This is the first post in a series about building an online course quickly, not just transitioning a F2F class to remote teaching.
If you are gearing up for a third trimester of teaching, preparing for an intensive May term, or looking ahead to summer (when classes probably won’t be gathering F2F) or fall (when we still might not be back to campus), this series is for you.
The first few posts will lay down some basic principles and help you decide the framework for the course. After that, we’ll look at different components of an online course (lectures, discussion boards, quizzes, exams, etc.) one at a time. The first few posts are key for everyone designing an online course quickly, so read them in order. After that, read what’s helpful to you–and if I’m not covering what is helpful to you, let me know! I don’t have experience teaching labs or studios online, but I will try to find guest bloggers who can help with this.
While I teach college, many of the tips here will be useful for K-12 teachers too.
My goal is that most posts will include brief comments about the pedagogy/andragogy of the approach and practical tips.
Designing a 3.0 credit online class for undergraduates takes me about 100 hours–plus a time for an outsider to review it to see if it’s meeting the standards my university sets. Typically, I am not designing more than one class at a time on top of my teaching load, and I begin work on it at least one semester before it is scheduled to be taught. That’s with familiarity with the tech and an awesome instructional designer and support team.
Most of us don’t have the luxury of that kind of time or support right now. For that reason, most of the posts I share will have two pathways for progress: the sufficient route and the excellent route.
The sufficient route meets all your obligations to your stakeholders: students, taxpayers, your discipline, your university, etc. If you choose the sufficient path, your students will get the chance to learn all they were required to learn in this class.
If you choose the excellent route, you will me all the obligations you have to stakeholders and more.
Either route you chose, I’ll be advocating for a student-centered approach that works for as many students as possible. This goes beyond ADA compliance to include keeping classes affordable, technology simple, and work flexible so that students with unpredictable schedules and major life changes (which we’re all about to have!) can still participate fully.
Above, runners gather at the starting line of the 1904 Olympic marathon. Teachers are about to enter a marathon for which we did not train. But don’t let that thought exhaust you–you can still make sure your students have the opportunity to learn.
I expect that many people building a course for the first time and in a big hurry and without great training or ample resources will sometimes choose to do a sufficient job and sometimes choose to do an excellent one. You might decide to build stellar lectures but only sufficient discussion boards. Maybe you’ll skip lectures entirely and instead lead wonderful workshops. You might also choose to build some entirely sufficient courses and some excellent ones.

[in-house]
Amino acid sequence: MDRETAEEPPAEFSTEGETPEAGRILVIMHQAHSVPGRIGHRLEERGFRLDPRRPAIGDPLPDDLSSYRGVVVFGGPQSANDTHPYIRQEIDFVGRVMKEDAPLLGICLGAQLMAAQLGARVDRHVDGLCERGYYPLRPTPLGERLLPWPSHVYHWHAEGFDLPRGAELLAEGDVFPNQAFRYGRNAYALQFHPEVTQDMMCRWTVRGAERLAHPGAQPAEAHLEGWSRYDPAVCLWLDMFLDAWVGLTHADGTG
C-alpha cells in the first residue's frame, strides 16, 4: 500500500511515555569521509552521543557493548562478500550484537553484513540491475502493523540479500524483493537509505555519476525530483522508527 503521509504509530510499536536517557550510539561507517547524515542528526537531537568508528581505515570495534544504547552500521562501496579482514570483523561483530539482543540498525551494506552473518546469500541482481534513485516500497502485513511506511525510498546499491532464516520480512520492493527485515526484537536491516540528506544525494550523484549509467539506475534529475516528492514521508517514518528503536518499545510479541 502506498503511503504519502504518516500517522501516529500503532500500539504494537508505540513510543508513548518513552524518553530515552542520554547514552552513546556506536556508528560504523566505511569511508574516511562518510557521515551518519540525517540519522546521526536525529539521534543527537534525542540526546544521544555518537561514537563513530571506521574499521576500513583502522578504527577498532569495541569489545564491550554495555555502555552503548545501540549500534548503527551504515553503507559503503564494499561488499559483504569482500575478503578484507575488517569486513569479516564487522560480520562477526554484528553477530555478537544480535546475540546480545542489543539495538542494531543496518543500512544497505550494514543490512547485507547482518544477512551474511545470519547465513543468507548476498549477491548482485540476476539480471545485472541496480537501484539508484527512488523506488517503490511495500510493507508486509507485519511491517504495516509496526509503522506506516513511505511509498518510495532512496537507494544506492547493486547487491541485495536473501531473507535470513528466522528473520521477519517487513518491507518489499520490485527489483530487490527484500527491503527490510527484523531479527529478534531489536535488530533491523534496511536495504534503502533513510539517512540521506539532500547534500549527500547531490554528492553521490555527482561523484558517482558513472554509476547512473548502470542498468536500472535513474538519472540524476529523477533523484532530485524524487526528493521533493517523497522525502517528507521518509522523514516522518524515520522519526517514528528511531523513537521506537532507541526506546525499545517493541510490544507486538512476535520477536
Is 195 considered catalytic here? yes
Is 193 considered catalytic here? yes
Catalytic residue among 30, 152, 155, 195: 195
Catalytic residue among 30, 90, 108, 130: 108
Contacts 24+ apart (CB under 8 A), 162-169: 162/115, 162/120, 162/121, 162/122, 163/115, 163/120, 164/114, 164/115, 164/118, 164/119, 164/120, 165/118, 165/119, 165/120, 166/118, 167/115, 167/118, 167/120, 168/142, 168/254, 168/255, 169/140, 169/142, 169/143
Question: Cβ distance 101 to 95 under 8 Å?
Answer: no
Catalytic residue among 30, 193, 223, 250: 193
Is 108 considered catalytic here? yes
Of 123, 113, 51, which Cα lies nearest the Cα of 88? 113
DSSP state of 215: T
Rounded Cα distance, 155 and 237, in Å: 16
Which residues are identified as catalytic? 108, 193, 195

To decide where you are going to do a sufficient job and where you are going to do a great job, think about these questions:
- How many classes will I be teaching total?
- How many students will I be teaching in each of those classes? Total?
- Will I have a TA to help with grading?
- Am I teaching students who are new to college and may need a lot of help beyond what I might expect from more experienced students?
- Do I have colleagues teaching the same course who I could effectively share the work load with?
- What other obligations will I be juggling while I design this? How much of my day should be devoted to those other things and how much should be devoted to course design?
The next post in this series will help you build your schedule in your online course. I encourage you to focus on one course at a time so that you can build one the whole way from start to finish, then decide what you liked about the process and what you would change. Additionally, if you build one at a time, if you yourself fall ill, you might be able to leave a class fully ready-to-go rather than a few classes in various states of being built.
Before you read the next post, gather the following:
- the description for the course from the course catalog
- your program/major/department objectives (if they exist) and the way your course fits into them
- any other department- or university-level mandates for the course. For example, if it is a GE, it might have different obligations than an elective
- for K-12 teachers, your pacing guide or other materials that are to inform how you teach
- any mandatory assessments and their rubrics that you might be required to do (This is most common if you teach a course that many other people at your university teach, like a GE.)
- your university’s rubric for evaluating online courses (Email your instructional designer for a copy.); if your university doesn’t have one, this one might fit your needs
Digital copies of these are best, so you can cut and paste into your own documents.